The following poem from the book THE HARDSHIP POST is by Jehanne Dubrow, whose husband is career Navy currently serving on a destroyer out of Virginia.
Look closely at the metal sleeve, a case
no bigger than my thumb. You’ll see it shows
a month of prints: some dirt I carried in
under my nails or dust I carried out,
a trace of flour from bread I baked,
and inky spots from messages I wrote.
Write them upon the doorposts of thy house
and on thy gates. In Deuteronomy,
we Jews are told that even entrances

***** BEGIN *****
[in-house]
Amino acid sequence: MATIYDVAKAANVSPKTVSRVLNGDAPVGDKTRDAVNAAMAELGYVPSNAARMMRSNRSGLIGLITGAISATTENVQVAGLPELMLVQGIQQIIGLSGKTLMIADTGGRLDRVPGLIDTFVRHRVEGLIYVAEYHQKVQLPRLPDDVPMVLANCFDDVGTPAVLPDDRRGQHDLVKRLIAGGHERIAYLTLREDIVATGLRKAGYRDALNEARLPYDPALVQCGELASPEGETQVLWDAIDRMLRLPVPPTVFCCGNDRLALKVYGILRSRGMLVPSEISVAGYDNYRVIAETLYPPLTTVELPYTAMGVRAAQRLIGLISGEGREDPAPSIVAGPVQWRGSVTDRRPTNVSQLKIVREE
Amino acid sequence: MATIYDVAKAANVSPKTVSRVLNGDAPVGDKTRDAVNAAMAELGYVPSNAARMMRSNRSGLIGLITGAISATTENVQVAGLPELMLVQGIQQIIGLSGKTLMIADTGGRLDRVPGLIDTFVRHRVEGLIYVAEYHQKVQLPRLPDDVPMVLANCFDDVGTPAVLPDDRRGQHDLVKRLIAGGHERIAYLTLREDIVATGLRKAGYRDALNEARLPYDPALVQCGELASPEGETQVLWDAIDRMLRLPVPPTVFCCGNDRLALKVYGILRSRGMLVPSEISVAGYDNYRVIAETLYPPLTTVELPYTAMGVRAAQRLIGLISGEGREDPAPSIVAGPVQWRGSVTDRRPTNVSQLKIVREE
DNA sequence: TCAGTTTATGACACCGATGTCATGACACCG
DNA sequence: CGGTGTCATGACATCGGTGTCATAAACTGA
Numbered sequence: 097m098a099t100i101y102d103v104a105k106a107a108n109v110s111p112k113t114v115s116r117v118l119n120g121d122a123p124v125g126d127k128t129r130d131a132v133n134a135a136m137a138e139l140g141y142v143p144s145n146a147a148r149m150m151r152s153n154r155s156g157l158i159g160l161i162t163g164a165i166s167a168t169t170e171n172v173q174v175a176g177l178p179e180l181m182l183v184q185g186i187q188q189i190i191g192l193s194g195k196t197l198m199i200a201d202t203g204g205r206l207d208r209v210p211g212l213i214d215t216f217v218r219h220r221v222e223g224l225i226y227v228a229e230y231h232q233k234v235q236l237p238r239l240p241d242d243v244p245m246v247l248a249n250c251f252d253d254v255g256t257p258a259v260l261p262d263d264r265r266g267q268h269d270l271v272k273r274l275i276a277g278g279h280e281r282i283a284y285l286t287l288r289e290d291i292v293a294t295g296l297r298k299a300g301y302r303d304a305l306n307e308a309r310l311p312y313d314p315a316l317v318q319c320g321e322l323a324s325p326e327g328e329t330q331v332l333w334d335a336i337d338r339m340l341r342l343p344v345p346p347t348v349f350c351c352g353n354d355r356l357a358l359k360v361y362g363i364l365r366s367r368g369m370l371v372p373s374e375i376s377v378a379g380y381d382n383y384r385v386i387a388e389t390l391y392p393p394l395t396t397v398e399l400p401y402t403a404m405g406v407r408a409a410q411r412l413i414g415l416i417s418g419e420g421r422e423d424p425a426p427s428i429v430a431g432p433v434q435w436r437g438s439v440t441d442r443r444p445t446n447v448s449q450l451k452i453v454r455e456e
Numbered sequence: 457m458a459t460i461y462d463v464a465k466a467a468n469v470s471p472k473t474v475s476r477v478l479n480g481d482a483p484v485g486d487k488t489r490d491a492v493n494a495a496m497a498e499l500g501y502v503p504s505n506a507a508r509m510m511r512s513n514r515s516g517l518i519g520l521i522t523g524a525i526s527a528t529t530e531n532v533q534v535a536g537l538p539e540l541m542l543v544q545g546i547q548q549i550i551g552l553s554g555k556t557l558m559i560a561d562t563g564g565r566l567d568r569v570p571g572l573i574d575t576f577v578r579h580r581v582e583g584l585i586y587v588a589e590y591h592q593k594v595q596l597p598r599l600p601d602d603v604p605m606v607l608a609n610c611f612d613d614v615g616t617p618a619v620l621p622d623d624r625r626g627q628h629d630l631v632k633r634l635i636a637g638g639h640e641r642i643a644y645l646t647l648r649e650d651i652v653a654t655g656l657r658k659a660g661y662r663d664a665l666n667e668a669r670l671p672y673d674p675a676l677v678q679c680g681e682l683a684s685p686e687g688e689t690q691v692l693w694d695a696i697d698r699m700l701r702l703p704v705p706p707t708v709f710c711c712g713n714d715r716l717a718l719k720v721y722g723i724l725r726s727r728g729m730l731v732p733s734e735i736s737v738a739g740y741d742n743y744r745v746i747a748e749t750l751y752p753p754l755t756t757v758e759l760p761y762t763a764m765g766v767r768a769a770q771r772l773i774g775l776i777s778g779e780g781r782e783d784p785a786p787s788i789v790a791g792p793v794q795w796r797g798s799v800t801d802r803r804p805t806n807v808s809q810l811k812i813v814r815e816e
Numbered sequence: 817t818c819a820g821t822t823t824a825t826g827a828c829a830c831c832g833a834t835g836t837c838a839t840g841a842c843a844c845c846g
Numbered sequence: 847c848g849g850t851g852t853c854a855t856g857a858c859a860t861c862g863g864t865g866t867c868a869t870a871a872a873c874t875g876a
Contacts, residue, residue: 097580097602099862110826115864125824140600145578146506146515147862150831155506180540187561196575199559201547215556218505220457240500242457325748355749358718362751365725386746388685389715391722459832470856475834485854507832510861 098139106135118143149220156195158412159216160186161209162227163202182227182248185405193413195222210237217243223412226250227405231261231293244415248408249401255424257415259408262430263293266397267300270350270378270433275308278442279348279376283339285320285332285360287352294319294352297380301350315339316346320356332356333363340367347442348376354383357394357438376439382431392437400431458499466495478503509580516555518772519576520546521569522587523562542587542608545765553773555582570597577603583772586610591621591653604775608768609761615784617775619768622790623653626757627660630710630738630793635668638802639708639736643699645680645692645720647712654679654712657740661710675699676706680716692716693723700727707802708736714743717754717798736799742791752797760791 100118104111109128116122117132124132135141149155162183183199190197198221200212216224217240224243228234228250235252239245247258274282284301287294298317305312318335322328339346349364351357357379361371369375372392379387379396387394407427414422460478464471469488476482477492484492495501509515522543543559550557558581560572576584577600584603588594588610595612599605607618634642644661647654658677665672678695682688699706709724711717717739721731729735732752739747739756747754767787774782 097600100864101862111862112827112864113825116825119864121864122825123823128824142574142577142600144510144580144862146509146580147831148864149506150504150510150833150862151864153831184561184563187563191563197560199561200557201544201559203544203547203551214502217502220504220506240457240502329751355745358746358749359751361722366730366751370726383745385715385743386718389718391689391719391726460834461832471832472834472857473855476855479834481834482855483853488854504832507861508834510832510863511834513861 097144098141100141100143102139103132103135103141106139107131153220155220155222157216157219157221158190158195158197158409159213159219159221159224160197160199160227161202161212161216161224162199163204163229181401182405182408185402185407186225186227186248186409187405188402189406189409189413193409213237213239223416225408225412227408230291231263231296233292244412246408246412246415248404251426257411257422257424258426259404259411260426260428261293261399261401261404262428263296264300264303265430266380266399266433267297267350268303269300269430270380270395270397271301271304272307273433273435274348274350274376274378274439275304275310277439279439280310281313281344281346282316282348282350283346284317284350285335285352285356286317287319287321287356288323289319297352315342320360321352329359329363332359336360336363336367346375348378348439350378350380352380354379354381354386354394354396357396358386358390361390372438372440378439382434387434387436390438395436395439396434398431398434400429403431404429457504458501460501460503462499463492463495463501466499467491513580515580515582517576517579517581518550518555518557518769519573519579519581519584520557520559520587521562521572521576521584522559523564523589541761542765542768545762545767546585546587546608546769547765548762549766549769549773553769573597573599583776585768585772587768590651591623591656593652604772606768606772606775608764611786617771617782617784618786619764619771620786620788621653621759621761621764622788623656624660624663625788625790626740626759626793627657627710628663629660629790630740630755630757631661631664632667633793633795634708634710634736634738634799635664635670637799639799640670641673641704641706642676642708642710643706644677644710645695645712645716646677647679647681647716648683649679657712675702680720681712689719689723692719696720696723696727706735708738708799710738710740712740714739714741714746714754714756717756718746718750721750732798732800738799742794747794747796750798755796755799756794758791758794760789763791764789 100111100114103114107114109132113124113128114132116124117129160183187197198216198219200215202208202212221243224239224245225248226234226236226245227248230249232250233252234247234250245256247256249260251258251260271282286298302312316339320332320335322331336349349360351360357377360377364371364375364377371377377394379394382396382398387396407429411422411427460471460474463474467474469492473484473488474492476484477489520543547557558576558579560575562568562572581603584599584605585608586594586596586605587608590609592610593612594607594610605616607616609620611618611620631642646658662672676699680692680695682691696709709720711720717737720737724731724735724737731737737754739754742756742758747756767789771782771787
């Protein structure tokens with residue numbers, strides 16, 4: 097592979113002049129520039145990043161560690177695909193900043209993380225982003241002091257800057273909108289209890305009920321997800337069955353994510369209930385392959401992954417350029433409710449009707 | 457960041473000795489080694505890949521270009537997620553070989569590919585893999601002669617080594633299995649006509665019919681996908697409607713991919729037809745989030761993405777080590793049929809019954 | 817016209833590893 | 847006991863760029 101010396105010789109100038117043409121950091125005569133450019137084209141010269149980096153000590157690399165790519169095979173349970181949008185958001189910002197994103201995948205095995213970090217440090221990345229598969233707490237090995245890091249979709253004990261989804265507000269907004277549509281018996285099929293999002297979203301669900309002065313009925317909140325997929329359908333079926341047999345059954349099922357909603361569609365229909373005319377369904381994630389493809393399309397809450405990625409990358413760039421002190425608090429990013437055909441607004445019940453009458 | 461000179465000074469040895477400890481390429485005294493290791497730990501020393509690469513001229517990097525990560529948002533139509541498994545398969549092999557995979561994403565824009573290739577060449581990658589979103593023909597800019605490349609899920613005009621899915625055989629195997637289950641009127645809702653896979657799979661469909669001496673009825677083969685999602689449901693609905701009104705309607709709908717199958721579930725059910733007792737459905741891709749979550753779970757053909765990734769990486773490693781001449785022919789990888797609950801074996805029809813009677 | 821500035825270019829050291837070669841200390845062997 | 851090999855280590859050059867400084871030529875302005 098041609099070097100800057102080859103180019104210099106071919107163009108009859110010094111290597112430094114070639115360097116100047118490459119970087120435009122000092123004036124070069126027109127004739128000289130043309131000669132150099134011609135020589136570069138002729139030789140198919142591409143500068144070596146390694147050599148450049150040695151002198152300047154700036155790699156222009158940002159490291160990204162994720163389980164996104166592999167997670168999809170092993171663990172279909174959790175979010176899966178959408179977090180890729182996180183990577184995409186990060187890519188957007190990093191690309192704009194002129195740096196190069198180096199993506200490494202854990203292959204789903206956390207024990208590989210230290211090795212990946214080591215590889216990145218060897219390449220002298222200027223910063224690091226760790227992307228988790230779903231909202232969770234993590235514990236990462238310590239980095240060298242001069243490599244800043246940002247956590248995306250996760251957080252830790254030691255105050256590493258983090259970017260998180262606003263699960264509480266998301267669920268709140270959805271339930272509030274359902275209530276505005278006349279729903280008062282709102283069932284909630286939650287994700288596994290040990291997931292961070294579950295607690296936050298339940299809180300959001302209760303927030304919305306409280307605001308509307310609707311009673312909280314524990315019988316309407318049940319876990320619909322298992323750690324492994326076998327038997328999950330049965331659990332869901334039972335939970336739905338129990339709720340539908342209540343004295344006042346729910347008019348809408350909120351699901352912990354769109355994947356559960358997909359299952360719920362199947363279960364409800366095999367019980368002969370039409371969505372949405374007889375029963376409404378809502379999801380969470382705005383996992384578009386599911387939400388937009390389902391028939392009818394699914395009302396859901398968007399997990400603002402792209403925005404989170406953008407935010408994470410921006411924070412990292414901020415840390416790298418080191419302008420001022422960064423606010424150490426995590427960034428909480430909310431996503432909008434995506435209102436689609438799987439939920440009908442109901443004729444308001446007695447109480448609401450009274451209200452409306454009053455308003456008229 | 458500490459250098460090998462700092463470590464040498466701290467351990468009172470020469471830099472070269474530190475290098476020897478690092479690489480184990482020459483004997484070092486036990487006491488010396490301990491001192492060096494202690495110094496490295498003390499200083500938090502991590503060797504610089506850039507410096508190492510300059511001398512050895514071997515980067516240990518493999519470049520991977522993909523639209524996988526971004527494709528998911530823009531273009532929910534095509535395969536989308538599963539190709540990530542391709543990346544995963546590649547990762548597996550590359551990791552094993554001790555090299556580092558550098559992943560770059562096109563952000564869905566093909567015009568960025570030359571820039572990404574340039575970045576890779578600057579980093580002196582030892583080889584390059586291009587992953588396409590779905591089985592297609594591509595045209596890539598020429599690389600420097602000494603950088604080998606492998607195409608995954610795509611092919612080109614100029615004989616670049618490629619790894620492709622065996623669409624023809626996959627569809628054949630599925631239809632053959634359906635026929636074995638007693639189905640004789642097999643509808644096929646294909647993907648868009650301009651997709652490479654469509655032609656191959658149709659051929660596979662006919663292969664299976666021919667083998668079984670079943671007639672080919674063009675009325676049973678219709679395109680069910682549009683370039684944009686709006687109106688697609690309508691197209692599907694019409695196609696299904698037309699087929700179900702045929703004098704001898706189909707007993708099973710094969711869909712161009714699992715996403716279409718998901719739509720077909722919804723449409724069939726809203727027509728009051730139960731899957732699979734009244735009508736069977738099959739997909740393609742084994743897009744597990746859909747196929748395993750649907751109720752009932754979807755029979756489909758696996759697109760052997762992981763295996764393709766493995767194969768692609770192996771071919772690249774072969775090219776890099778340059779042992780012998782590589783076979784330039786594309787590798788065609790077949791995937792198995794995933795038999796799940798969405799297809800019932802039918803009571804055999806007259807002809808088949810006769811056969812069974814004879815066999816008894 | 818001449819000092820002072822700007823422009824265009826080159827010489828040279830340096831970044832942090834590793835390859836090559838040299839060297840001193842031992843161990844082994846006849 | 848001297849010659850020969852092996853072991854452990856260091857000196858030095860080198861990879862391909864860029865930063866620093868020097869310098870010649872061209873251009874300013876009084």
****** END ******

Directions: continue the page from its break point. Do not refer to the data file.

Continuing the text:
and exits from the home must have their rules.
If only habit could convert to faith.
My fingertips have brushed the case, a touch
as quick, unthinking as a gust of wind
across the water’s surface. I’ve kissed my hand,
returned the blessing to my lips, hoping
a taste would help me understand our laws.
The rabbis say that guards cannot protect
a king, but Torah keeps a beggar safe.
Beneath the silver lid, a parchment scroll
is rolled too tight to let in disbelief,
the prayer facing in upon itself,
the words like lovers in a darkened room.
A name of God is written on the square—
I cannot see it, but I know it’s there.